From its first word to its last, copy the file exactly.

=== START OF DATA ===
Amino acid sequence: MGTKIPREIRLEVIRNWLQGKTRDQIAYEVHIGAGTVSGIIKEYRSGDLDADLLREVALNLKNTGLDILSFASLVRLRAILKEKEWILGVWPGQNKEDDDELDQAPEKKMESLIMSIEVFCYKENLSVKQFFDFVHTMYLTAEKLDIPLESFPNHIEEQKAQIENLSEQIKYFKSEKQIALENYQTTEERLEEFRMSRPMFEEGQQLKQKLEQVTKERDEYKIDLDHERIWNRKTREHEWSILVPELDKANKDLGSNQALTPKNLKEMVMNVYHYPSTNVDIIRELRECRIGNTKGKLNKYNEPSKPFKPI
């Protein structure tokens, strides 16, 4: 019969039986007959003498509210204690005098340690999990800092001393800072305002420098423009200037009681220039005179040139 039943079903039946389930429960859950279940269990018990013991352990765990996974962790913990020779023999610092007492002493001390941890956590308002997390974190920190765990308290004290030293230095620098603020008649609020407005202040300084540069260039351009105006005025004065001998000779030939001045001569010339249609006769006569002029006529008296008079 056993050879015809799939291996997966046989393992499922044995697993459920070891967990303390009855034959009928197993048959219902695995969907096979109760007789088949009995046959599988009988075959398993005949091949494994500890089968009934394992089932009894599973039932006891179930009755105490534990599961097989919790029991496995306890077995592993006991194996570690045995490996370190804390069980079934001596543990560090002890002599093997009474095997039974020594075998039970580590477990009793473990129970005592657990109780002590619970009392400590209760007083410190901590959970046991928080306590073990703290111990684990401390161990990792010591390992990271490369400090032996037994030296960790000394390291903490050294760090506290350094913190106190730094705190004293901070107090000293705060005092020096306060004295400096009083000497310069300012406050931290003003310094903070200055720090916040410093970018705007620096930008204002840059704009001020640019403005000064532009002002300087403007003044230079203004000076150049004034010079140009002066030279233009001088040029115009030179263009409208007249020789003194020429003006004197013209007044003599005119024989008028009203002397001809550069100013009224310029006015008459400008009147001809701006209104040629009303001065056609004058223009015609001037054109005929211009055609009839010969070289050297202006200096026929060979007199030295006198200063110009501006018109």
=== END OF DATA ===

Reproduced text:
Amino acid sequence: MGTKIPREIRLEVIRNWLQGKTRDQIAYEVHIGAGTVSGIIKEYRSGDLDADLLREVALNLKNTGLDILSFASLVRLRAILKEKEWILGVWPGQNKEDDDELDQAPEKKMESLIMSIEVFCYKENLSVKQFFDFVHTMYLTAEKLDIPLESFPNHIEEQKAQIENLSEQIKYFKSEKQIALENYQTTEERLEEFRMSRPMFEEGQQLKQKLEQVTKERDEYKIDLDHERIWNRKTREHEWSILVPELDKANKDLGSNQALTPKNLKEMVMNVYHYPSTNVDIIRELRECRIGNTKGKLNKYNEPSKPFKPI
């Protein structure tokens, strides 16, 4: 019969039986007959003498509210204690005098340690999990800092001393800072305002420098423009200037009681220039005179040139 039943079903039946389930429960859950279940269990018990013991352990765990996974962790913990020779023999610092007492002493001390941890956590308002997390974190920190765990308290004290030293230095620098603020008649609020407005202040300084540069260039351009105006005025004065001998000779030939001045001569010339249609006769006569002029006529008296008079 056993050879015809799939291996997966046989393992499922044995697993459920070891967990303390009855034959009928197993048959219902695995969907096979109760007789088949009995046959599988009988075959398993005949091949494994500890089968009934394992089932009894599973039932006891179930009755105490534990599961097989919790029991496995306890077995592993006991194996570690045995490996370190804390069980079934001596543990560090002890002599093997009474095997039974020594075998039970580590477990009793473990129970005592657990109780002590619970009392400590209760007083410190901590959970046991928080306590073990703290111990684990401390161990990792010591390992990271490369400090032996037994030296960790000394390291903490050294760090506290350094913190106190730094705190004293901070107090000293705060005092020096306060004295400096009083000497310069300012406050931290003003310094903070200055720090916040410093970018705007620096930008204002840059704009001020640019403005000064532009002002300087403007003044230079203004000076150049004034010079140009002066030279233009001088040029115009030179263009409208007249020789003194020429003006004197013209007044003599005119024989008028009203002397001809550069100013009224310029006015008459400008009147001809701006209104040629009303001065056609004058223009015609001037054109005929211009055609009839010969070289050297202006200096026929060979007199030295006198200063110009501006018109």